The shell color (Sc) and kernel color (Kc) of 20 fruits were determined at three different positions using a colorimeter (Minolta model CR-300, Japan). The color readings were displayed as average L* a* b* values, where L* represents the lightness/darkness dimension; positive and negative a* values indicate redness and greenness, respectively, and positive and negative b* values indicate yellowness and blueness, respectively. The results were expressed according to the CIELab color space through the L* (luminosity), h (hue angle, h = tan−1 b*/a*) and C* (saturation index or chroma, C* = [a*2 + b*2]1/2) coordinates (Cecchini et al., 2011).
The water activity (Aw) in a kernel was determined using a water activity device (TH-500, Novosina, Switzerland) at 25 °C.
To determine the biochemical characteristics, the outer shells of the chestnut fruits were removed, the fruits were dried in an oven at 65 °C to a constant weight, and were then ground. All biochemical analyses were replicated three times.
The anthrone method was used to determine the total sugar content (TSC) and total starch content (TStC) that constituted the total carbohydrate content (TCC) (Morris, 1948) using the Shimadzu ultraviolet 160-A model spectrophotometer. The absorbance values were measured spectrophotometrically at 620 nm and the results are reported on a dry matter basis.
The tannin content (TC) was determined using Folin–Denis reagent according to the AOAC (1990) (Canbolat et al., 2007). Chestnut flour (1 g) was placed in a volumetric flask containing 75 ml H2O. After shaking, the mixture was left overnight. Then, 5 ml Folin–Denis reagent and 10 ml saturated Na2CO3 solution were added and diluted to volume with H2O. The solution was mixed well and was filtered through glass wool after 30 min. Absorbance values were determined spectrophotometrically at 760 nm. The quantitative analysis was made using a calibration with tannic acid. Tannin data were expressed as mg tannic acid per 100 g of dry weight.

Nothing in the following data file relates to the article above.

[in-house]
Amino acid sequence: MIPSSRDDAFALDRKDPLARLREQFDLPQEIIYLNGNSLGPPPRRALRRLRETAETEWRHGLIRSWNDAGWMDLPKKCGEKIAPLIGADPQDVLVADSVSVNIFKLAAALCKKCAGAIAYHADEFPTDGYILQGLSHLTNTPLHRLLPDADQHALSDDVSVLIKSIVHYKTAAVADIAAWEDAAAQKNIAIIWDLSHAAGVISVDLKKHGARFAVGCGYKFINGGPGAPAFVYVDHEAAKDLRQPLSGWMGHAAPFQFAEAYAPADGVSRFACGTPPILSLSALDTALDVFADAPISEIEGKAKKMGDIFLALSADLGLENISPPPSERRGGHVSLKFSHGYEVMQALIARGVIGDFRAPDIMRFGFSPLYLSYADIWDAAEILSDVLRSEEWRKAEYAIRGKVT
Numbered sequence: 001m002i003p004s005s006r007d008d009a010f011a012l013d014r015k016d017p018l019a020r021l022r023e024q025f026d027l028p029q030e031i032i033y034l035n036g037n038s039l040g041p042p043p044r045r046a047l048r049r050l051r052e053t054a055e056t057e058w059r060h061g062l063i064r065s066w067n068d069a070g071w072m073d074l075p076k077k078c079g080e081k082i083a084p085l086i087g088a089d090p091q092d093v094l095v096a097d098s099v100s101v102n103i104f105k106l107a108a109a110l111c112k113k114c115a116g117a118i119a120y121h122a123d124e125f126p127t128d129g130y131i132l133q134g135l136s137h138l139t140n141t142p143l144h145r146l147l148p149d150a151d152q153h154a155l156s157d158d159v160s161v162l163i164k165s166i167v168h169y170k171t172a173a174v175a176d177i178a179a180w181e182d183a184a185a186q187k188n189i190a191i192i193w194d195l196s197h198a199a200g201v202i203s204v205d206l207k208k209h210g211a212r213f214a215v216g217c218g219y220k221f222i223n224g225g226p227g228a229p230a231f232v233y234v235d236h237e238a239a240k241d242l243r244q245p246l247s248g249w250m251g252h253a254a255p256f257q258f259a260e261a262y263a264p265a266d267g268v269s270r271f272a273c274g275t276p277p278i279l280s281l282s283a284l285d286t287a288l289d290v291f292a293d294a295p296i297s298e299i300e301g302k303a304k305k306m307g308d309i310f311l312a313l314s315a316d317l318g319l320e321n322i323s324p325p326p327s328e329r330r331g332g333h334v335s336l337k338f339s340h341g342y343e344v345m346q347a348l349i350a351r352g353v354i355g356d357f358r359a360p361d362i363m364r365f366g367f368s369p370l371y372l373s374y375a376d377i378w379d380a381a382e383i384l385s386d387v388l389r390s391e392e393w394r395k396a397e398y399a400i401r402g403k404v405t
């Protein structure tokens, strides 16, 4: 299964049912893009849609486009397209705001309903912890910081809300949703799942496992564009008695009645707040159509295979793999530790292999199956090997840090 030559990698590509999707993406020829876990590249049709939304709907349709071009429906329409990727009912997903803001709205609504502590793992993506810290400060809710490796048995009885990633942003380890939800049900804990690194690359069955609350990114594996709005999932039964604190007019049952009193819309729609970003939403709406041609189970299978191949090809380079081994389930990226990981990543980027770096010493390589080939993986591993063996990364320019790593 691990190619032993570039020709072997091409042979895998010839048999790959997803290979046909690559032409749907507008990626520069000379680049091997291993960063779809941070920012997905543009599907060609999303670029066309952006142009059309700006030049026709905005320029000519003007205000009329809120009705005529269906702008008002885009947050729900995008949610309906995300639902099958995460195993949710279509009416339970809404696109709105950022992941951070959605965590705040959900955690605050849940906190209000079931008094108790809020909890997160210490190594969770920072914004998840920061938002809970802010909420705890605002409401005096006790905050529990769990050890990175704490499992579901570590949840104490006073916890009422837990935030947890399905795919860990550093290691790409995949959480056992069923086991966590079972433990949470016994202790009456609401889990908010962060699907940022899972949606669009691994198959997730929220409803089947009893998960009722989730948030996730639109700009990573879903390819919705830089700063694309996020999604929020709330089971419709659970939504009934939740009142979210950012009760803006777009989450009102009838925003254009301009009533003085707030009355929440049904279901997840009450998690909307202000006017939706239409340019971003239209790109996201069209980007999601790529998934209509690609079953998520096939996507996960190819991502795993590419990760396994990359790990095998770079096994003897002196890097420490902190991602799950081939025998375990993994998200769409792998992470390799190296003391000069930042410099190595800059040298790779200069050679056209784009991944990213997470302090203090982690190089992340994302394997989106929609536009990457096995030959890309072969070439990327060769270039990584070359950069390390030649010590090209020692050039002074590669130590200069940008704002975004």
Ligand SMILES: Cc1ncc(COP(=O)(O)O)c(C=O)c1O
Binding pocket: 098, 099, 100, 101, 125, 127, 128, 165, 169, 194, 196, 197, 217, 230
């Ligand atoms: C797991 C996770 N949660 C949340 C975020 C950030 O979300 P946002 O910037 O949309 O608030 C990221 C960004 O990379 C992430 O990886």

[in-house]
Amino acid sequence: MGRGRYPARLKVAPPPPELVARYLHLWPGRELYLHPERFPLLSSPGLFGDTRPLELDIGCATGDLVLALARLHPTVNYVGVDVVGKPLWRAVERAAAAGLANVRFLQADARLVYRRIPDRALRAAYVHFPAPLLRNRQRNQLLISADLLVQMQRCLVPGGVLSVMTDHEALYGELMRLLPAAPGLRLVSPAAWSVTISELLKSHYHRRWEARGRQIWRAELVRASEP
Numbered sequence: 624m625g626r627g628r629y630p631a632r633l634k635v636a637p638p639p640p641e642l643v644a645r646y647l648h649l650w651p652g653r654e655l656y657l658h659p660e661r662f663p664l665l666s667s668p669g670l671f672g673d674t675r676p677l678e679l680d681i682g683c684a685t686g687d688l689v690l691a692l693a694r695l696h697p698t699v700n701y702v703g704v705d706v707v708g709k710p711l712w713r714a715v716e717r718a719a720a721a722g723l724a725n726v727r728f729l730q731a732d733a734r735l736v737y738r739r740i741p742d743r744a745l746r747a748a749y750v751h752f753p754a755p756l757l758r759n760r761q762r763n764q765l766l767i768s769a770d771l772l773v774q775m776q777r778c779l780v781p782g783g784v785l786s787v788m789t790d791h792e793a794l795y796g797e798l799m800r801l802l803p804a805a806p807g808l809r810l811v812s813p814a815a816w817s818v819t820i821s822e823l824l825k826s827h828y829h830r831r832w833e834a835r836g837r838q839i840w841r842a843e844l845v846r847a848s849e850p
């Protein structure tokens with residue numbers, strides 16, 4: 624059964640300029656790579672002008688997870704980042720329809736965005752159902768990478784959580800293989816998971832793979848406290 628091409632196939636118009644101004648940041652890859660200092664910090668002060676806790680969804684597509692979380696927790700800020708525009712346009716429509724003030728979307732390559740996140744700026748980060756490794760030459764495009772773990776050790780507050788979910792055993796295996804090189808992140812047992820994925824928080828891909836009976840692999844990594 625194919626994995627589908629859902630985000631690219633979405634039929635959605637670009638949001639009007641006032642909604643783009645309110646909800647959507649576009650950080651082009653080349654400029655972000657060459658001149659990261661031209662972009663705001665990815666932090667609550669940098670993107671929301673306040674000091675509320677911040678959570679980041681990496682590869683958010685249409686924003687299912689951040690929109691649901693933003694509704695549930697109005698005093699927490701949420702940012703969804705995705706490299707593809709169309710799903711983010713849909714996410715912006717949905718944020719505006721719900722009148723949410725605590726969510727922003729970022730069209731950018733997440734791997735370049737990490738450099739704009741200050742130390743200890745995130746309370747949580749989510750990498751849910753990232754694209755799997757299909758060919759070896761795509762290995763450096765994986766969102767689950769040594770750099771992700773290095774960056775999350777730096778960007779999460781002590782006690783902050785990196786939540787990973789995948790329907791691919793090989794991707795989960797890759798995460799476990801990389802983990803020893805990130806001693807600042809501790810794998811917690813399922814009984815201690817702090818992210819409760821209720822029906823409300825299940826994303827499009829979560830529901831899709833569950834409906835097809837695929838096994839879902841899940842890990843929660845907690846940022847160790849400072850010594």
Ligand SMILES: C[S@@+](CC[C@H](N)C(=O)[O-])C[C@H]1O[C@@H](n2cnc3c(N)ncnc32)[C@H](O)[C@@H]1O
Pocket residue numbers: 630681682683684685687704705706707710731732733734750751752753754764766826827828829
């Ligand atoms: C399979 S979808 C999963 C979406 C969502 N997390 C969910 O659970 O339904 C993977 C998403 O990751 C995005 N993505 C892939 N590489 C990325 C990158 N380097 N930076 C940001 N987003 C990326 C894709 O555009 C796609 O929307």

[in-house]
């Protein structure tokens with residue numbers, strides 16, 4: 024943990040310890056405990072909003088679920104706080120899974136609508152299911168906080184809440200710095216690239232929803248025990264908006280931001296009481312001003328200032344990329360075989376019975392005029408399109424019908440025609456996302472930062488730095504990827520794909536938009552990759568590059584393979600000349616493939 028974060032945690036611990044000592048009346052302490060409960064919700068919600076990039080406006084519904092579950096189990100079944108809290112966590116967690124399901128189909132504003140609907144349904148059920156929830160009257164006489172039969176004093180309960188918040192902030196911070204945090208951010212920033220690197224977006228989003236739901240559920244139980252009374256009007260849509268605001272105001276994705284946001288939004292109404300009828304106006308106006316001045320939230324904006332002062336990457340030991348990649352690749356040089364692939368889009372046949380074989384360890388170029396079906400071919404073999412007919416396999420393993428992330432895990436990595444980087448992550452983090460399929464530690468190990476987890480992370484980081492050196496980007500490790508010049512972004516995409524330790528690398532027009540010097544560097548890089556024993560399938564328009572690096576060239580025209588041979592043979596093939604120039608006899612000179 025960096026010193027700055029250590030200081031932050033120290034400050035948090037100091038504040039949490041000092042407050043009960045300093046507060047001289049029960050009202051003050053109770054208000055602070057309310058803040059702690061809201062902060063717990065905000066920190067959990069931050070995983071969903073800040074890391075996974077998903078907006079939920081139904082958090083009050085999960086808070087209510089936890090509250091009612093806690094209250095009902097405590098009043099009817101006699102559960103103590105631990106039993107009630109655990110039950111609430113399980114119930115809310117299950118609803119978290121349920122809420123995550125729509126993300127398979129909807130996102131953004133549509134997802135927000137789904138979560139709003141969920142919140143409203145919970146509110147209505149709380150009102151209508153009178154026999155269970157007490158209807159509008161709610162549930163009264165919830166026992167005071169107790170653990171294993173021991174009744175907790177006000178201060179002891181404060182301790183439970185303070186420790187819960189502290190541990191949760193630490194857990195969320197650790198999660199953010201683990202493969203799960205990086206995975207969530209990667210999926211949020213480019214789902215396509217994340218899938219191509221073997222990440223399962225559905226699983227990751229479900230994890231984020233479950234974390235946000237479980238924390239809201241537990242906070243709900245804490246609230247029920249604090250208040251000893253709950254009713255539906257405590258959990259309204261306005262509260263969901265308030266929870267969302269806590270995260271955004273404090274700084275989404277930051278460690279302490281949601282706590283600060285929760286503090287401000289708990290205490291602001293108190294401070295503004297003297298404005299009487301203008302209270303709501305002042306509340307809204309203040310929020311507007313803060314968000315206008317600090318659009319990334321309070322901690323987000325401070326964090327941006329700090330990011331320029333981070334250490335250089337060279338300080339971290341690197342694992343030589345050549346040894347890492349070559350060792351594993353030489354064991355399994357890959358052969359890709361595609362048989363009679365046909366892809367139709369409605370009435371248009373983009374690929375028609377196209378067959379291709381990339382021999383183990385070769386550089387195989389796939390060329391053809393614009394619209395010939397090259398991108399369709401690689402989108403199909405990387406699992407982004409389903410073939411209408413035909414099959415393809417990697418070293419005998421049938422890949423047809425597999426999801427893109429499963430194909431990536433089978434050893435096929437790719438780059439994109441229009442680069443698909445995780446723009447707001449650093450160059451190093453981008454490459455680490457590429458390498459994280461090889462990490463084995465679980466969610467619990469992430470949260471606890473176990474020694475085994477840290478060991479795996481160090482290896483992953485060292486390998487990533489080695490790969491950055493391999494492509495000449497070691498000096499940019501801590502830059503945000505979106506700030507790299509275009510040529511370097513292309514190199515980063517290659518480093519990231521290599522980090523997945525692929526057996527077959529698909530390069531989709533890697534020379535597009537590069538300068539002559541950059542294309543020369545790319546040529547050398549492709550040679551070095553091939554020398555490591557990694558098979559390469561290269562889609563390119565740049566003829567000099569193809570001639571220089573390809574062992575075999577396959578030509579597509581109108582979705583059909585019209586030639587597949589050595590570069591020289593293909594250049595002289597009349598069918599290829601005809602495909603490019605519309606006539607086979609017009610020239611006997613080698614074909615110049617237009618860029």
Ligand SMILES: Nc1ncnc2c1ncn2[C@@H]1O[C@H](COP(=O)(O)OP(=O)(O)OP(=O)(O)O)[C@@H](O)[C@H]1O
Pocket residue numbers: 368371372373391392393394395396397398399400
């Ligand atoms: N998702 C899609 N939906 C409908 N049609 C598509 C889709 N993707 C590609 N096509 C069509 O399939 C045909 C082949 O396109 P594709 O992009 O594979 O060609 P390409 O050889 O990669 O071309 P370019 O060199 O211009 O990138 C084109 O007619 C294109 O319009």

A random parcel experimental design was used in this study with three replications. Data were first tested for normality and then subjected to an ANOVA. Sources of variation were treatments (SM) and number of storage days (DS). An ANOVA was performed for each variable and the least significant difference (LSD) was calculated for an appropriate interaction level (P ≤ 0.05) using Jump.
Results and Discussion
Variance analysis was conducted to examine the effects of SM on the quality parameters of chestnuts. The F-values from the variance analysis are presented in Table 2. The Sc and Kc values are presented as an average.
F-values from the analysis of variance of the physical and biochemical traits as affected by storage methods (SM) and days of storage (DS).
The F-values of the SM × days of storage (DS) interaction were significant (P ≤ 0.01) for water activity (Aw), TSC (P ≤ 0.01), and TC (P ≤ 0.05). However, the interaction was not significant for TStC or TCC (Table 3). The physical and biochemical traits related to the SM (i.e., TS or CS), DS, and storage method × days of storage (SM × DS) interaction are shown in Table 3.
The effect of storage methods, days of storage and storage methods × days of storage interaction on physical and biochemical characteristics of chestnut.